Simon ‘Fatty’ Heffer has just posted this piece at the Torygraph.

Very few Slog readers, I’d imagine, would understand why it made me so irate. It is a question of the fundamental nastiness, vulgarity and mean-minded chest-poking of most Thatcherites I’ve met over the years.

Anyway, this was my response to it in the Discus comment columns – which remain the most technologically illogical threads on the Web:


Considering Mr Heffer’s usually high standards, this is a tragically unthinking piece.

Harold Macmillan fought with exemplary bravery during the First World War, during which period he gained a respect for the working man with aspirations to do better. In the Second War, he helped Butler frame an Education Act that produced more social mobility for such ordinary folk (like me) in these islands than anything attempted in the previous 1000 years. The idea that he was a Socialist is laughable: he was the only true One Nation Tory PM we have ever had.

Socialists later betrayed the Butler Act with their forced-equality ideas on education, as a result of which we have the dumbed and conformist Thatcher’s children of 2010. Educationally, they are indeed Thatcher’s Stepford children, because MetalWoman did nothing to restore standards in our schools – indeed, she diluted them further by granting Uni status to the CATS.

Mrs Thatcher performed several great services for this country, but her crimes were threefold and empirically undeniable. (1) She did nothing to reduce the power and numbers of Sir Humphreys. (Too busy watching Yes Minister, perhaps). (2) She eroded the concept of community. (3) She handed the economy to bankers, and left her schorched-earth revenge on working people as a problem for future generations to handle.

To call Macmillan a charlatan suggests that Simon Heffer’s view of him is based largely on Private Eye. Most of us would give a limb to have the growth, infrastructural investment, safe society and stability over which he presided. Maybe he did preside over decline, but it was not of his making.

I met Mrs T recently, and she is – I am genuinely sad to say – not entirely of this planet. I met SuperMac when he was 85, and he remained a lucid, ironic and engaging man. ‘Sad’ he was not.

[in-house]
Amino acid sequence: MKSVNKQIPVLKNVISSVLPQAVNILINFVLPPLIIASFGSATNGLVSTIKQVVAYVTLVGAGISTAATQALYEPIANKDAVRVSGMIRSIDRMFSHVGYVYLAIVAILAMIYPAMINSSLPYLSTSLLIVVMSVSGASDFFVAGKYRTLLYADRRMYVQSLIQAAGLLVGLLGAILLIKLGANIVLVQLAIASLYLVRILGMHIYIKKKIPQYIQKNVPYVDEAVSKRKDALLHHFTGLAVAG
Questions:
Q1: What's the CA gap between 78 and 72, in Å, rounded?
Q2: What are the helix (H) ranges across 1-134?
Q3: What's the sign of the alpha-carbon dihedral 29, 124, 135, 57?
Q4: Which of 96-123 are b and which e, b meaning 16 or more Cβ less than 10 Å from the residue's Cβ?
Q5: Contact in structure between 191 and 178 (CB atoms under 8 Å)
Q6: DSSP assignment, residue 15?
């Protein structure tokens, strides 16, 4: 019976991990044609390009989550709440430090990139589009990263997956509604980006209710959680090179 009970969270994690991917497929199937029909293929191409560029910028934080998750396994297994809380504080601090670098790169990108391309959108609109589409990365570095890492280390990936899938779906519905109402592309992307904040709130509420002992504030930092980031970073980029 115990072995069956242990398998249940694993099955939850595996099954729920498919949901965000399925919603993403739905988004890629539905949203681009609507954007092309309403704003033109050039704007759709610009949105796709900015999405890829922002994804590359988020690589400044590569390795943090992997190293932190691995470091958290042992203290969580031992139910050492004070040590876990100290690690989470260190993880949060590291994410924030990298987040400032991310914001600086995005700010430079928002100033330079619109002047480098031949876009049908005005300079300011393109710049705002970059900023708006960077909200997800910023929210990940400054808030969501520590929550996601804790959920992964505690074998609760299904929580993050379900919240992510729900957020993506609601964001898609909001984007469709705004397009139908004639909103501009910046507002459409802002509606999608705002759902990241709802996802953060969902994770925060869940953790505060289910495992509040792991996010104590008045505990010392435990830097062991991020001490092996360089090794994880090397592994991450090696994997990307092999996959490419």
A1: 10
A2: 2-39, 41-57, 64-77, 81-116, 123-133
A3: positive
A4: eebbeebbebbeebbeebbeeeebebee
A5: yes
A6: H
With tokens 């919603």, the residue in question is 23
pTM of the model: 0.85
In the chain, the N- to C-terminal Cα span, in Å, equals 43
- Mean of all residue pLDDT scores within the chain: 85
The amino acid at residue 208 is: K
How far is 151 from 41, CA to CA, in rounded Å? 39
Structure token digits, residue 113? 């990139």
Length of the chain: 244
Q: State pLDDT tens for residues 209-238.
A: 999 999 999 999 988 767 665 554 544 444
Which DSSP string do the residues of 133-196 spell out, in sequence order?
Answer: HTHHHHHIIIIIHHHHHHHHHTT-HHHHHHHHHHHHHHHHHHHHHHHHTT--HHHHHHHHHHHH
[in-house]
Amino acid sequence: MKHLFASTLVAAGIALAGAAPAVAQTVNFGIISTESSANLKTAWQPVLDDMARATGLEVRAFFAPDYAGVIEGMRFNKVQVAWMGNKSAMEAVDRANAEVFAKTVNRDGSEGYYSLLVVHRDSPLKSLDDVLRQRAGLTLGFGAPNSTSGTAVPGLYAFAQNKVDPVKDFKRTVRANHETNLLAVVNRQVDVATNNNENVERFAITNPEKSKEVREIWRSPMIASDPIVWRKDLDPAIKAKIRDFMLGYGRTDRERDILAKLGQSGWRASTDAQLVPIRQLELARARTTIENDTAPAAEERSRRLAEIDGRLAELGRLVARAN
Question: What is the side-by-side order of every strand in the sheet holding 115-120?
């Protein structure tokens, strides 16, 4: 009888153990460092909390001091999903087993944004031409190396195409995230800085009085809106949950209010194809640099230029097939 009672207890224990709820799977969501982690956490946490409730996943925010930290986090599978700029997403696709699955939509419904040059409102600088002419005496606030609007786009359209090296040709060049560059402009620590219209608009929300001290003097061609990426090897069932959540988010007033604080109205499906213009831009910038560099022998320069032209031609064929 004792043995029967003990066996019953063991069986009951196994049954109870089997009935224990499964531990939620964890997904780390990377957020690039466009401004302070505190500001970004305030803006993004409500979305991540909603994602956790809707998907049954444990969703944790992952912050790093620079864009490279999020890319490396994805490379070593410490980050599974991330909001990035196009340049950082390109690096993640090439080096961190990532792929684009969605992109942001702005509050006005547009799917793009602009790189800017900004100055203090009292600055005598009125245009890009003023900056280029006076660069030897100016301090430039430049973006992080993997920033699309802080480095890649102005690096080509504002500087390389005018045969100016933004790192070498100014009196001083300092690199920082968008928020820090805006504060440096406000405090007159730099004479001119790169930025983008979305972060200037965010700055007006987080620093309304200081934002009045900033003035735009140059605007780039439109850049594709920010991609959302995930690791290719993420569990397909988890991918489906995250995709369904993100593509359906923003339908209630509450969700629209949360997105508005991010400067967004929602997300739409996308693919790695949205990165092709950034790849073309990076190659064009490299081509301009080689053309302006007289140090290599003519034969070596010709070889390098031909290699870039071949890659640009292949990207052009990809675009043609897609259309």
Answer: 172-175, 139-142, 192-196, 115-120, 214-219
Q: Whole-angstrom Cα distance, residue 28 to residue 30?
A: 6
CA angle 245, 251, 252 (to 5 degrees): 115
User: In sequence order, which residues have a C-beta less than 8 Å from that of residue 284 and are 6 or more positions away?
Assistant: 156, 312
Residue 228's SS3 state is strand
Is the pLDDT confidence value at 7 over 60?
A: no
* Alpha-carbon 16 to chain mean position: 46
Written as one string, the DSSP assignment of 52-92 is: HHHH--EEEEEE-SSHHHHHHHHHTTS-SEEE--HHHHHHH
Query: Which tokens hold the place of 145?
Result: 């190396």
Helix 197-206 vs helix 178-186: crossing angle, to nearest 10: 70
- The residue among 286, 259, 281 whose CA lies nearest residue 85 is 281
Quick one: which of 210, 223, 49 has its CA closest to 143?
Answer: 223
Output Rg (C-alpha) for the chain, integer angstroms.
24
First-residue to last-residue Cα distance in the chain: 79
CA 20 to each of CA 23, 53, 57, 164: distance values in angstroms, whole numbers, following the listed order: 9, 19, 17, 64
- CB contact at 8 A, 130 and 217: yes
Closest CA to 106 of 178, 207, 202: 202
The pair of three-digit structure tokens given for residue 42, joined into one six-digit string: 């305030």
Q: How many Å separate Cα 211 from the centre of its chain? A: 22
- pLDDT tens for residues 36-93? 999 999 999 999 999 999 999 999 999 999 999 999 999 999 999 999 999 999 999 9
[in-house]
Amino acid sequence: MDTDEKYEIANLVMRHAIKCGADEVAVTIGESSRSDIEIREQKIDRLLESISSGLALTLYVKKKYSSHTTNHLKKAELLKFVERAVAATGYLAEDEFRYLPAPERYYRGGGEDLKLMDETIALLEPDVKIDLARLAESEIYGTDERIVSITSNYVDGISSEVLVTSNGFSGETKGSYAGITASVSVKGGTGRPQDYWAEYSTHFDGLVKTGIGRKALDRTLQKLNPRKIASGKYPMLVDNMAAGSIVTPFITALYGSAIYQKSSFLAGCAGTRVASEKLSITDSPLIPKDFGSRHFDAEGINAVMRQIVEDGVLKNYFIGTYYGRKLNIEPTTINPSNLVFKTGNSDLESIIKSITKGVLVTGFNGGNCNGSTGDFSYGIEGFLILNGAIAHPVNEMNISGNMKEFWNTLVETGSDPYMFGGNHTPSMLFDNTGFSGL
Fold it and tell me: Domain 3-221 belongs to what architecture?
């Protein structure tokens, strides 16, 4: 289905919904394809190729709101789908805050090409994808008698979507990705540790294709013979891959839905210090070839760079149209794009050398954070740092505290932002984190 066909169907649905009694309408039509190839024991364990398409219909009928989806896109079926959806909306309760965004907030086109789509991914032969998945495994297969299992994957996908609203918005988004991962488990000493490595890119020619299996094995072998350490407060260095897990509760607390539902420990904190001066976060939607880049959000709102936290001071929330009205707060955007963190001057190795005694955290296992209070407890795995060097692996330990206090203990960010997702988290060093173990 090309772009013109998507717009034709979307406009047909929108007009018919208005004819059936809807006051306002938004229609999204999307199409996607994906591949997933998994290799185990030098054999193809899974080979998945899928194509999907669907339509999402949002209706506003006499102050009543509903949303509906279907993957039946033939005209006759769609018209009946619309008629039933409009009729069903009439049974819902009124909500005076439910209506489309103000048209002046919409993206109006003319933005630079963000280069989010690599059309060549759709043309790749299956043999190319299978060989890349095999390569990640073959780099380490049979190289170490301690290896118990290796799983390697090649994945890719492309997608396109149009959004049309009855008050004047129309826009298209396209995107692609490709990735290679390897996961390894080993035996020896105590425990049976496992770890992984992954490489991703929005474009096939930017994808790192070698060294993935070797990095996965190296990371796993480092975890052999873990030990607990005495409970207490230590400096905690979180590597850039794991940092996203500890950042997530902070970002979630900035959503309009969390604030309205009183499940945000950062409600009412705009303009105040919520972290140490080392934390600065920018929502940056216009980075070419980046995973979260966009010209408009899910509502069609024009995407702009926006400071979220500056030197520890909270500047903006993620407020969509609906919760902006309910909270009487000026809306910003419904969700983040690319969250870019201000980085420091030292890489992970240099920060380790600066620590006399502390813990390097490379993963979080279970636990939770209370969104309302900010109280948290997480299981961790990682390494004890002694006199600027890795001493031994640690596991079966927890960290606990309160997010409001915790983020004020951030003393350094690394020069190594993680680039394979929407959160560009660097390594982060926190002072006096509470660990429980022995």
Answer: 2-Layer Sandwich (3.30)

Margaret Thatcher isn’t even in his league: his legacy is infinitely more benign than hers.

Shame on you, Simon Heffer.

10 thoughts on “

  1. On virtually every point I have to disagree with you John. Mrs Thatcher’s greatest achievements were the re-establishment of good economic management in this country and putting our businesses on a sound footing. From that all other benefits flow. She also removed the stigma of Britain being the sick man of Europe.
    She faced down the threat of the Marxist Trade Unionists which no one had done in the 20th Century, and also with Ronald Reagan faced down the Soviet Empire leaving it to crumble before our very eyes. Thus she contributed to the freedom of millions from oppression at work, from having to live in proxy war zones brought about by the soviet empire fighting anywhere in the world to push its position. These alone mark her out as one of the greats. Yes she ought have done more with education. But that had to take second place to the other items. It is her successors who have sealed the fate of British Children in the failing education system, that fails now at every level from primary to university. Let’s hope that Mr Cameron can fix it.
    Should she have done all of Herculean tasks that you wnated to her to do at once (ie within the 10/12 years she had)? Perhaps. But I doubt that it would have been possible.
    And by the way, it ill suits you to make personal remarks about Mr Heffer. They only detract from anything sensible you may have to say. Stay away from insults. But keep the thoughts flowing. The debate is good.


  2. I don’t see Heffer calling Mac a socialist in his article. That would be an insult of great magnitude.
    One important thing I do recall about Thatcher is that she often promised to “roll back the State” but insofar as personal freedom was concerned, she did nothing of the sort. Hence, the civil service grew in power and strength in her time.

    Whatever…Heffer does indirectly confirm my own long held view that the Tories have moved inch-by-inch to the Left over the decades in order to stand a chance of being elected, because the socialist Labour Party repeatedly offer “more for free”, or at least at someone else’s expense…and that’s always a vote winner.

    I particularly agree with the accuracy of this comment by ‘realityreturns’ to Heffer’s article:

    “The problems facing Britain today are the same evils of socialism as ever have plagued the latterday UK.”


  3. To allow education to take second place to anything was her greatest error. But otherwise TF, I think we are agreeing violently.
    I stick with her failures because the stats support me: but like you, I sided with her against the Russian threat – and lost most of my radical chique friends as a result.

    But ultimately, she was a bigot – and HM wasn’t.

    I apologise for calling Heffer fat, but he is 12 years younger than me and looks 30 years older; he is a Tory fuddy-duddy, and one tiny insult does not come close to equalling the disgraceful insults he loaded upon a thoroughly good Prime Minister….unfashionable as that view might be these days.


  4. Tiny bit fed up with ‘Discus’ on the Telegraph. I rather suspect the ‘recommend’ button has been hit more than the paltry 11 times indicated just now. This is my hit anyway.